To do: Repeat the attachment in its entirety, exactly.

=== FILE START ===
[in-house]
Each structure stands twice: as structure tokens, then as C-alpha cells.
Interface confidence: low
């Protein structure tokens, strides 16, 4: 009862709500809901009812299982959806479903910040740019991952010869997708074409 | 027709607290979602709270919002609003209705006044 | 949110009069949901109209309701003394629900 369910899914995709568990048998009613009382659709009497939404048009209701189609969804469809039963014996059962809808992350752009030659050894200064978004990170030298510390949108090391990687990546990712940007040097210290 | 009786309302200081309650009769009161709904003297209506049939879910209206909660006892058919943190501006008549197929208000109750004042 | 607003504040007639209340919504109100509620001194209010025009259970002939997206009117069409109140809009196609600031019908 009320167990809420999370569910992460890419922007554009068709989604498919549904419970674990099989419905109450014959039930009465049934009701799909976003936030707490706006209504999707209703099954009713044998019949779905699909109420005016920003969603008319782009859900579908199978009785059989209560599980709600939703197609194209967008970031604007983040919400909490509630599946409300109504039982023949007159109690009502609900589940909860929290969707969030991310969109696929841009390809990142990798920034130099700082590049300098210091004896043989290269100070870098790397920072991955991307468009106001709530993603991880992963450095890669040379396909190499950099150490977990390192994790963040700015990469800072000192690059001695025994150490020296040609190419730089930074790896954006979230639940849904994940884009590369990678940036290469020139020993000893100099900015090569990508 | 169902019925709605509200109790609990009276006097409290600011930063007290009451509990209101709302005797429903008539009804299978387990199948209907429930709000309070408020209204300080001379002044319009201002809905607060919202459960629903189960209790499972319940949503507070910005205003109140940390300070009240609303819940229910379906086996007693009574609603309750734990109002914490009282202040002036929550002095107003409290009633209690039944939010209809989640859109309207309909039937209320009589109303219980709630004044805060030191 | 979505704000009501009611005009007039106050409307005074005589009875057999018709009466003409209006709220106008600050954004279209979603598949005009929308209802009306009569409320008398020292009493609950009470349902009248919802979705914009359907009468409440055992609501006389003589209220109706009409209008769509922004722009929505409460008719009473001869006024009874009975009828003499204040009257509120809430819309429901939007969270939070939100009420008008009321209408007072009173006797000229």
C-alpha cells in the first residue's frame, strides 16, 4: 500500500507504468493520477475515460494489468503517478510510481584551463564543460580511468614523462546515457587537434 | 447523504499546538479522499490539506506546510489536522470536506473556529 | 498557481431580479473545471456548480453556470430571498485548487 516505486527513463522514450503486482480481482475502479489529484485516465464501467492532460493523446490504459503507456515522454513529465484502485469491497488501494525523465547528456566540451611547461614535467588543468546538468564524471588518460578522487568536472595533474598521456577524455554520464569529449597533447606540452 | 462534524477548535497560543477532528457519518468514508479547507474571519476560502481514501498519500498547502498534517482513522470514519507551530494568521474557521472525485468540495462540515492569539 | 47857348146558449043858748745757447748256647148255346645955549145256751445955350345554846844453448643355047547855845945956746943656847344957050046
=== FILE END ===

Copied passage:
[in-house]
Each structure stands twice: as structure tokens, then as C-alpha cells.
Interface confidence: low
């Protein structure tokens, strides 16, 4: 009862709500809901009812299982959806479903910040740019991952010869997708074409 | 027709607290979602709270919002609003209705006044 | 949110009069949901109209309701003394629900 369910899914995709568990048998009613009382659709009497939404048009209701189609969804469809039963014996059962809808992350752009030659050894200064978004990170030298510390949108090391990687990546990712940007040097210290 | 009786309302200081309650009769009161709904003297209506049939879910209206909660006892058919943190501006008549197929208000109750004042 | 607003504040007639209340919504109100509620001194209010025009259970002939997206009117069409109140809009196609600031019908 009320167990809420999370569910992460890419922007554009068709989604498919549904419970674990099989419905109450014959039930009465049934009701799909976003936030707490706006209504999707209703099954009713044998019949779905699909109420005016920003969603008319782009859900579908199978009785059989209560599980709600939703197609194209967008970031604007983040919400909490509630599946409300109504039982023949007159109690009502609900589940909860929290969707969030991310969109696929841009390809990142990798920034130099700082590049300098210091004896043989290269100070870098790397920072991955991307468009106001709530993603991880992963450095890669040379396909190499950099150490977990390192994790963040700015990469800072000192690059001695025994150490020296040609190419730089930074790896954006979230639940849904994940884009590369990678940036290469020139020993000893100099900015090569990508 | 169902019925709605509200109790609990009276006097409290600011930063007290009451509990209101709302005797429903008539009804299978387990199948209907429930709000309070408020209204300080001379002044319009201002809905607060919202459960629903189960209790499972319940949503507070910005205003109140940390300070009240609303819940229910379906086996007693009574609603309750734990109002914490009282202040002036929550002095107003409290009633209690039944939010209809989640859109309207309909039937209320009589109303219980709630004044805060030191 | 979505704000009501009611005009007039106050409307005074005589009875057999018709009466003409209006709220106008600050954004279209979603598949005009929308209802009306009569409320008398020292009493609950009470349902009248919802979705914009359907009468409440055992609501006389003589209220109706009409209008769509922004722009929505409460008719009473001869006024009874009975009828003499204040009257509120809430819309429901939007969270939070939100009420008008009321209408007072009173006797000229």
C-alpha cells in the first residue's frame, strides 16, 4: 500500500507504468493520477475515460494489468503517478510510481584551463564543460580511468614523462546515457587537434 | 447523504499546538479522499490539506506546510489536522470536506473556529 | 498557481431580479473545471456548480453556470430571498485548487 516505486527513463522514450503486482480481482475502479489529484485516465464501467492532460493523446490504459503507456515522454513529465484502485469491497488501494525523465547528456566540451611547461614535467588543468546538468564524471588518460578522487568536472595533474598521456577524455554520464569529449597533447606540452 | 462534524477548535497560543477532528457519518468514508479547507474571519476560502481514501498519500498547502498534517482513522470514519507551530494568521474557521472525485468540495462540515492569539 | 47857348146558449043858748745757447748256647148255346645955549145256751445955350345554846844453448643355047547855845945956746943656847344957050046